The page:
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  #11  
Old 09-04-2003, 09:52 PM
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Quote:
Originally posted by P.E.Haiges
FYI: putting an offset woodruff key in the cam sprocket does not change the timing of the injection pump. If the cam is 4 degrees late from timing chain elongation, the IP will be only about 2 degrees late because it is closer to the crankshaft sprocket.

P E H
They should be the same. The cam/IP sprockets are the same diameter an the crank is 1/2 the diameter. If the Cam shows 4* off the IP will be 4* as well. If your suggestion were true, when you put in a new chain, the IP timing would be wrong.

What is the ball pin look like? What should I be looking for in a good prechamber?
If it is a spun bearing, would it be in the piston, crank, or another object? I have done some in-chassis bearing roll-in's before so that might no be to bad. If it is the piston, what cost hit could I be looking at to fix this at a shop?

As I have said long ago, I aim to never see my car in a shop as long as I own it.
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  #12  
Old 09-04-2003, 10:53 PM
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Indeed PEH, that is why I figured I'd kill two birds with one stone and just change my chain. 82-300td said he adjusted the IP, he also said how to in another thread, so I didn't mention it. Sorry to imply this to anyone reading. I wasn't aware the IP was off half the cam gear's amount though.

Quote:
I aim to never see my car in a shop as long as I own it.
Amen to that. Neither of my current vehicles have been touched by a mechanic as long as I've owned them (3+yrs on the talon), but for the past 14months or so I've been mechanic free for everything I've owned. When I need new tires they get the rim assembly brought in the back of a vehicle with no center caps, I stand there the whole time as they put the new tires on or balance them. I carry it to them and back to the vehicle I'm carrying them in.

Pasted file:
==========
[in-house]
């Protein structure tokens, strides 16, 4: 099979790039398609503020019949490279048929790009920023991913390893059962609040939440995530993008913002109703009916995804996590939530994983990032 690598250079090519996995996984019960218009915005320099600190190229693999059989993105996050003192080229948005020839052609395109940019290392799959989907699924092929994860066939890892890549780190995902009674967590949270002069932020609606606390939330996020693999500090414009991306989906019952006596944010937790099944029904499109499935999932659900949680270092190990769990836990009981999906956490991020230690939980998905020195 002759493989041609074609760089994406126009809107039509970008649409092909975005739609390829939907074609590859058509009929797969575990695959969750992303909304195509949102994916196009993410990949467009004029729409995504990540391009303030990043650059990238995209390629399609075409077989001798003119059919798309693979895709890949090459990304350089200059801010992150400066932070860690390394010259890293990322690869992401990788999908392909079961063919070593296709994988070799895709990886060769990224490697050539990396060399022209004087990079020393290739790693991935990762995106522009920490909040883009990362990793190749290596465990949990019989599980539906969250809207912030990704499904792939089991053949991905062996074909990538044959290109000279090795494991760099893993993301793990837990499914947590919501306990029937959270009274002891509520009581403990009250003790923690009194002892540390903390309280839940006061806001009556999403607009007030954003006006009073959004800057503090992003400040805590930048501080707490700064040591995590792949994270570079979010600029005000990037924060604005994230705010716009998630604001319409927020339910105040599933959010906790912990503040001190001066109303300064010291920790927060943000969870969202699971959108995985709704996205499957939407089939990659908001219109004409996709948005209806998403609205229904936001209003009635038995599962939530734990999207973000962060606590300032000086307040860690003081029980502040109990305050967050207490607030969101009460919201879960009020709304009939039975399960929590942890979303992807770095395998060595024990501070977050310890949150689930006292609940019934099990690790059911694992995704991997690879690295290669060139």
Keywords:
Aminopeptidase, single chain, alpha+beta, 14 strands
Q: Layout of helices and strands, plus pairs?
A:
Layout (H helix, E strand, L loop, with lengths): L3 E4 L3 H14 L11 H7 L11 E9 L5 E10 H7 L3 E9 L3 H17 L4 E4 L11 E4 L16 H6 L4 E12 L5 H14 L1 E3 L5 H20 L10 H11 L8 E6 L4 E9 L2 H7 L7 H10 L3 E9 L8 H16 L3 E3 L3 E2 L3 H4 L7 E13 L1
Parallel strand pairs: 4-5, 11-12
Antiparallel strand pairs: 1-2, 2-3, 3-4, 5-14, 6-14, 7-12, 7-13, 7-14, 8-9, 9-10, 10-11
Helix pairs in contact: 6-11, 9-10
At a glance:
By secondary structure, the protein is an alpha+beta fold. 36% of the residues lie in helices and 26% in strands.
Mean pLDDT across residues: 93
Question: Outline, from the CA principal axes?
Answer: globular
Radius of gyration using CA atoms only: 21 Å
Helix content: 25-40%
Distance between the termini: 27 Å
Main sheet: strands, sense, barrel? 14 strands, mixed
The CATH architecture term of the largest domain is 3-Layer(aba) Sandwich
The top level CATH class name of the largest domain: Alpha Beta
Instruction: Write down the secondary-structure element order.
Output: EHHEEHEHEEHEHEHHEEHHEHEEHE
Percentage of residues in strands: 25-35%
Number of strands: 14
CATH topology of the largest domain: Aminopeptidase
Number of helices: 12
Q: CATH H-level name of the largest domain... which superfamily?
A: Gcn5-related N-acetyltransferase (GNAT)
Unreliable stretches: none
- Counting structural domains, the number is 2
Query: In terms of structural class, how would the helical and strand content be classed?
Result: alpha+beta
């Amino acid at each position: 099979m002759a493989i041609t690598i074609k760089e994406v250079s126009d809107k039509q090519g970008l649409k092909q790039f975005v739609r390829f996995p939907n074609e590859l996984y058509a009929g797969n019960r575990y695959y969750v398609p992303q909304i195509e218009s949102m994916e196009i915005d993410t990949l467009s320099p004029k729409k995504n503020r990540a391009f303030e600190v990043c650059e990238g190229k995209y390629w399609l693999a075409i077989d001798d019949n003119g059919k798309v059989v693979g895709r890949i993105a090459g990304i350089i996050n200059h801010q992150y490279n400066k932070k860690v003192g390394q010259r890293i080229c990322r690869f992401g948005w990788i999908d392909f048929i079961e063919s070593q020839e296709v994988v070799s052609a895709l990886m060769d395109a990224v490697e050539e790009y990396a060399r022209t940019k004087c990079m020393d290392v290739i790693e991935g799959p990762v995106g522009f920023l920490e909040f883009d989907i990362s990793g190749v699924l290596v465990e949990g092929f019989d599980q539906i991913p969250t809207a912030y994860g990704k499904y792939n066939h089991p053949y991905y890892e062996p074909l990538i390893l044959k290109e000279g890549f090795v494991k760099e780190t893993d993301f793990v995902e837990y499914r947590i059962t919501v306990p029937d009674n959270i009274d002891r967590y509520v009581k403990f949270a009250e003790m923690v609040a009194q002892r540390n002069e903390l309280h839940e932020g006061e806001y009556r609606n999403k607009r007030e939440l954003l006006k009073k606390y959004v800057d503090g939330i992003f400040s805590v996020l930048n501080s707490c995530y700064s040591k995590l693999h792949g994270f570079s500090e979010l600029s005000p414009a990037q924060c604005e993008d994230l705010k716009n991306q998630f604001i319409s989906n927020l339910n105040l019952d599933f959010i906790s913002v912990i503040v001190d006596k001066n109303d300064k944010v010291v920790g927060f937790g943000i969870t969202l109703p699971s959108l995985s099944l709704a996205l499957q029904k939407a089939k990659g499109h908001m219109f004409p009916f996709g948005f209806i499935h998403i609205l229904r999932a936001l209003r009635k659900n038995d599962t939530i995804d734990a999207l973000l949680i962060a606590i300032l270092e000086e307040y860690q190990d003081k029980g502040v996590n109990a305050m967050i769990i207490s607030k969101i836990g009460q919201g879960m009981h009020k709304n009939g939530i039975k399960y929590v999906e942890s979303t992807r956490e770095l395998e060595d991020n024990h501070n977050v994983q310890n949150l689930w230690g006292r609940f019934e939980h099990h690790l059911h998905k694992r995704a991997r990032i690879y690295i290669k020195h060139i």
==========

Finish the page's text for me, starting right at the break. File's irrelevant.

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Mercedes W123 DIY pages are now located here.
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Last edited by BoostnBenz; 09-05-2003 at 12:07 AM.
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  #13  
Old 09-05-2003, 09:53 AM
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newbie alert!!!

I've read some stuff on nailing before, and I just bought an '85 300 TD so now it applies to me, too!

What is nailing, and how do I recognize the sound? I don't think I have it - it just sounds like a diesel right now - but I would like to know what to look out for.

Thanks!
kma
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  #14  
Old 09-05-2003, 10:55 AM
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82-300dt,

The reason the IP will be 1/2 as many degrees late as the cam, if the late timing is caused by elongation of the timing chain, is because the IP is only about half as far from the crankshaft sprocket as the camshaft sprocket is.

The timing chain wears so much for each pin/hole combination. So if it elongates 1 mm from the crank sprocket to the IP sprocket and it causes the IP to be 2 degrees late, there will be 2 mm elongation from the crank sprocket to the cam sprocket which would make the cam 4 degrees late. These numbers are just examples as I have no idea how much elongation causes so many degrees timing error.

The cam timing can be corrected by an offset woodruff key and the IP timing can be corrected by rotating the IP. If you put an offset woodruff key in the camsprocket, it will have no effect on the timing of the IP. In the above example, a offset woodruff key in the cam sprocket would make the cam zero degrees late but the IP would still be 2 degrees late. A new timing chain will be bring the timing back to original (if the IP was never moved and the head was not planed) except for the wear on the sprockets.

Here's another example. Take a rubber band and cut so it is one single strand 2 inches long. Put a mark in the middle of the single strand. Place the single rubber strand on a ruler and stretch one end of the single rubber strand 2 inches. Notice the center mark moves only one inch. The same goes for the elongation of a timing chain.

Understand?

P E H

Last edited by P.E.Haiges; 09-05-2003 at 06:53 PM.
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  #15  
Old 09-05-2003, 02:04 PM
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Re: newbie alert!!!

Quote:
Originally posted by kashbaugh
I've read some stuff on nailing before, and I just bought an '85 300 TD so now it applies to me, too!

What is nailing, and how do I recognize the sound? I don't think I have it - it just sounds like a diesel right now - but I would like to know what to look out for.

Thanks!
kma
kashbaugh, nailing sounds like metal hitting metal. In my case is as a loud clear and unmistakeable sound somewhat like a hammer or sledge quickly hitting a slab of solid concrete or a thick metal bar snaping in half (But not that terrible).

P.E. I understand now, you are right.

I have listned mor closely to the sound and is seems to come from the block/head meeting level, exactly where will have to wait until I can locate a sutible stehoscope to use.